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This Vulnerable Democrat May Not Run Again in 2024

Charles Dharapak

Talk of Sen. Kyrsten Sinema's (I-AZ) switch from the Democratic Party to become an Independent, dominated the news since she announced late last week, including the Sunday news shows. That wasn't the only talk to do with 2024, when Sinema is up for reelection. Sen. Jon Tester (D-MT) is up for reelection as well, and is considered a particularly vulnerable incumbent when it comes to a map that could already spell trouble for Democrats. 


Tester appeared on Sunday's edition of "Meet the Press," where he was asked at length by Host Chuck Todd about Sinema's switch. Tester was rather nonchalant about her changing parties, emphasizing "I don't think it changes a thing," especially since she'll still caucus with the Democrats and retain her committee assignments.

Todd not only referenced Tester being up for reelection, but wondered aloud whether the only Democrat elected to statewide office in Montana would be pressured to change parties.

"Well, I say that because I'm sure you're going to get a lot of questions in Montana, 'Hey, why don't you leave the party?' And do you think that's going to be a good enough answer for that middle-of-the-road voter that you need to win," Todd asked the vulnerable Democrat.

Tester took his time in getting to his response, which even then was a non-answer. "I think what we need to focus on is what we've accomplished, whether it's for veterans, infrastructure, bringing jobs back to this country. The list is long. We've -- I've been able to do a lot of good things, working with other people in a bipartisan way in the United States Senate, working for small businesses and working families, and family farm agriculture," Tester offered.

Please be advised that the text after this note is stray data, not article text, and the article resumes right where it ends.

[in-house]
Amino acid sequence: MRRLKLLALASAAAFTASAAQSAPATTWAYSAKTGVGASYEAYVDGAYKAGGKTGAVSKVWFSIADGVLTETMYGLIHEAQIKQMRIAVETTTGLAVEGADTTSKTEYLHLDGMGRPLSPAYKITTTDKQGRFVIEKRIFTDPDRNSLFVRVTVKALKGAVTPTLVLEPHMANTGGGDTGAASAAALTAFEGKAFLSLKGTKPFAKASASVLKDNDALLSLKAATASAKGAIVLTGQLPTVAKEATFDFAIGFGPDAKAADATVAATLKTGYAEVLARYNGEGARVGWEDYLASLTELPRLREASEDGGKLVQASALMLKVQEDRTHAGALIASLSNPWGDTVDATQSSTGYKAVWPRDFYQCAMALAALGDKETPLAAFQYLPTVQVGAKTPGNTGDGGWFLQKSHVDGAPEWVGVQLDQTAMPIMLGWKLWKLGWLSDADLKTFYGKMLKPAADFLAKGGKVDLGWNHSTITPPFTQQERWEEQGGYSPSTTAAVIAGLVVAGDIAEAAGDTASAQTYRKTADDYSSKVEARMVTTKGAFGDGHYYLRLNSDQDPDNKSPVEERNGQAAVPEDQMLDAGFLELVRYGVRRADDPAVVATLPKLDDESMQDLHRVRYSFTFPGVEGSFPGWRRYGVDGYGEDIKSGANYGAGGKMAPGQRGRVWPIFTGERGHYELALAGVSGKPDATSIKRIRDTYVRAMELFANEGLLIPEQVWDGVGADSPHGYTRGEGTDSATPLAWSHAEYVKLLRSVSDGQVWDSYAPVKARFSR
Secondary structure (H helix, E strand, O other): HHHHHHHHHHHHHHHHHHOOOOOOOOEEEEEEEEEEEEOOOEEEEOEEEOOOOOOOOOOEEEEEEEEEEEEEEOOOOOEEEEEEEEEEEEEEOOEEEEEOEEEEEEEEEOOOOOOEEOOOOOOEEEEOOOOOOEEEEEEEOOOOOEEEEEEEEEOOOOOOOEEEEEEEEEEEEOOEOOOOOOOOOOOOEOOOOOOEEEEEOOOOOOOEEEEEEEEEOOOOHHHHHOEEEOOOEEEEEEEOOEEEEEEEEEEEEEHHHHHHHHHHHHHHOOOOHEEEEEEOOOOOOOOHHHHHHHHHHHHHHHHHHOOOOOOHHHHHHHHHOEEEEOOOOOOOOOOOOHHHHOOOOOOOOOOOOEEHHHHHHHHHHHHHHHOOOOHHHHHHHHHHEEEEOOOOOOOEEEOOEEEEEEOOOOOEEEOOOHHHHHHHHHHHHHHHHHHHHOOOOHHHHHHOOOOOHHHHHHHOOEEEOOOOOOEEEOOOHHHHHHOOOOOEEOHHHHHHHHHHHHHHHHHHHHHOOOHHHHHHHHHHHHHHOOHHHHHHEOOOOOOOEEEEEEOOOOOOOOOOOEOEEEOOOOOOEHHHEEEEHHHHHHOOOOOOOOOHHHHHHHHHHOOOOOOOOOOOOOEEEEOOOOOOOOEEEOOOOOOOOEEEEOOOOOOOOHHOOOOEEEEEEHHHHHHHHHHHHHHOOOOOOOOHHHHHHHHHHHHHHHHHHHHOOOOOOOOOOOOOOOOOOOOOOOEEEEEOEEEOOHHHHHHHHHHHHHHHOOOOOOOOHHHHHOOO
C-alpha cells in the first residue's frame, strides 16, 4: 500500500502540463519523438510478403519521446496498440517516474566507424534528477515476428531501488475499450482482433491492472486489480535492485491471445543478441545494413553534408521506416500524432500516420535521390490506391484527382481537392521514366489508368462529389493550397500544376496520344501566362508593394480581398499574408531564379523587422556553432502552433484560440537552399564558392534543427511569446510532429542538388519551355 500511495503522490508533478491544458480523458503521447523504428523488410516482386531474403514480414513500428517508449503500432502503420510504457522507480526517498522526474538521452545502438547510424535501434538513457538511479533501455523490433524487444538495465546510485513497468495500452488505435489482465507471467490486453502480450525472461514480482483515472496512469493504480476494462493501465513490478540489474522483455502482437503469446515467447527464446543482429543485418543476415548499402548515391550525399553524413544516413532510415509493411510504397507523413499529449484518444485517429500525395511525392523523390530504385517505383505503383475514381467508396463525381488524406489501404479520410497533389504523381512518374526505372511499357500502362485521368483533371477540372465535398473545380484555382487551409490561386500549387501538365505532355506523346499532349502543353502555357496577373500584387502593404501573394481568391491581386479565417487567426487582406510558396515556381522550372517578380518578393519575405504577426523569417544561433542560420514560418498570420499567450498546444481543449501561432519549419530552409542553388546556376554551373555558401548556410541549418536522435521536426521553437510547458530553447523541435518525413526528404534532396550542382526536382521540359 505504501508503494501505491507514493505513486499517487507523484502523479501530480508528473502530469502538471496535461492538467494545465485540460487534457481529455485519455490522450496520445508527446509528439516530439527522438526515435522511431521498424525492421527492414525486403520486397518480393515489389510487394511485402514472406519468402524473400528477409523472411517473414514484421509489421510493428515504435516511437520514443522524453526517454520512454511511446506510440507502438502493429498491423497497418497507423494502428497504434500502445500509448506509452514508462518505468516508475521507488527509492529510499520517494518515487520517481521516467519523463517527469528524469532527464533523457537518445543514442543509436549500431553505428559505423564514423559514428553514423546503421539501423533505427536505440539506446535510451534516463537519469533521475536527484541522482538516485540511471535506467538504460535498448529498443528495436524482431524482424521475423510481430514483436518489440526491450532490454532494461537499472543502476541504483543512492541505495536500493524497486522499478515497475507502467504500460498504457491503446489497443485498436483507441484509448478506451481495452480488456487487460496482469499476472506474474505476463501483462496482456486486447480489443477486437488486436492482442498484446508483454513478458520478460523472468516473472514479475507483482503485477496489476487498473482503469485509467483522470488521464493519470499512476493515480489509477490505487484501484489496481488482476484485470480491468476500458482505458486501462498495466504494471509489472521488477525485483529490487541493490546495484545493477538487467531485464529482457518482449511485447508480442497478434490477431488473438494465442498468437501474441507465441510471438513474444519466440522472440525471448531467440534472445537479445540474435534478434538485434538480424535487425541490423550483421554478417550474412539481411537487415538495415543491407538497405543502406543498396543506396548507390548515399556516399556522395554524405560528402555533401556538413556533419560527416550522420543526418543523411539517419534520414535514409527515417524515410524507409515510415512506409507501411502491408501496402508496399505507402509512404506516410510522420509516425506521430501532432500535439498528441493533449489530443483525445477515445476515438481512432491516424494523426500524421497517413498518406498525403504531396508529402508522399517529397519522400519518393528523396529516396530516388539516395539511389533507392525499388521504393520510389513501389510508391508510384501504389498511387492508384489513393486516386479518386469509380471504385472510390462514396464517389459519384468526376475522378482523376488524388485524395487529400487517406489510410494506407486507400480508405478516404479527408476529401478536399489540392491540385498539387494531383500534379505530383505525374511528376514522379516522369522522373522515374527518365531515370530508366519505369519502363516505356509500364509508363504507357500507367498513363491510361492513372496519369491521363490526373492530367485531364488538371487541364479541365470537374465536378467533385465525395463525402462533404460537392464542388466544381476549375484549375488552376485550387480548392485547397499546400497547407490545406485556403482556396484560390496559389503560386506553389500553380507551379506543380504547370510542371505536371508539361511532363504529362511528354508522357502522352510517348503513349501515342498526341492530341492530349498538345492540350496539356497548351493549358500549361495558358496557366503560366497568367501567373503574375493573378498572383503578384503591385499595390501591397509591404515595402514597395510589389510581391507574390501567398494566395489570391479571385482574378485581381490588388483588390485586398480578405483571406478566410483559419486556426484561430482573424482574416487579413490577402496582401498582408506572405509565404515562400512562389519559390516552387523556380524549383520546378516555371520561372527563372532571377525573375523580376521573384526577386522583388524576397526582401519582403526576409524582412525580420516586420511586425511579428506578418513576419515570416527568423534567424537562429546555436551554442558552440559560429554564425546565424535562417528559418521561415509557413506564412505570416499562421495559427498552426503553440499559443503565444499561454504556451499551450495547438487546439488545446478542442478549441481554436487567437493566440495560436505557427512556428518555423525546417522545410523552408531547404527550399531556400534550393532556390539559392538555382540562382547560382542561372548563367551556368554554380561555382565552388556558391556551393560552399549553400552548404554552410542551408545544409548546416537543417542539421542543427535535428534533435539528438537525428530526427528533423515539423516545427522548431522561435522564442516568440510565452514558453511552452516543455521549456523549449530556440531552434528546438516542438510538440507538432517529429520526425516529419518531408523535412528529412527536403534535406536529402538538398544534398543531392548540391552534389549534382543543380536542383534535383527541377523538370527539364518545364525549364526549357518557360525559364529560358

"That's what I'm going to be talking about as a record of accomplishment if I choose to run," he went on to share, the key word being "if." He did, however, express confidence he could win reelection, again, if he chooses to run. "And if we're able to do that and get that message out effectively, I will win as I've won in the past. If we're not effective in that, of course, then it's going to be a different outcome."

Tester is going to take time over the holidays to discuss with his family whether or not he'll run again, calling it "a big undertaking," even as there are members of Congress who have been in office for decades. 

"I feel good about my chances. People are going to come after me. They've come after me in the past. But nonetheless, that's politics, and we'll get through it and hopefully be successful come November of 2024," Tester added. 

The 2024 map puts 33 senators up for reelection, 23 of which are Democrats or who caucus with the Democrats. While there was hope for Republicans to take control of the Senate in last month's midterm elections, as they did the House, Democrats managed to expand their majority to 51 seats. 


Sinema switching parties looks to have potentially made that map even more challenging to Democrats, as CNN's Harry Enten covered in an analysis on Saturday. 

When it comes to Sinema's own reelection, she has largely been expected to earn a primary challenge from Rep. Ruben Gallego (D-AZ). He said during a Monday morning appearance on MSNBC's "Morning Joe" that he's been very clear about being interested in this race, and that he'll discuss the a run with his family over the holidays. 


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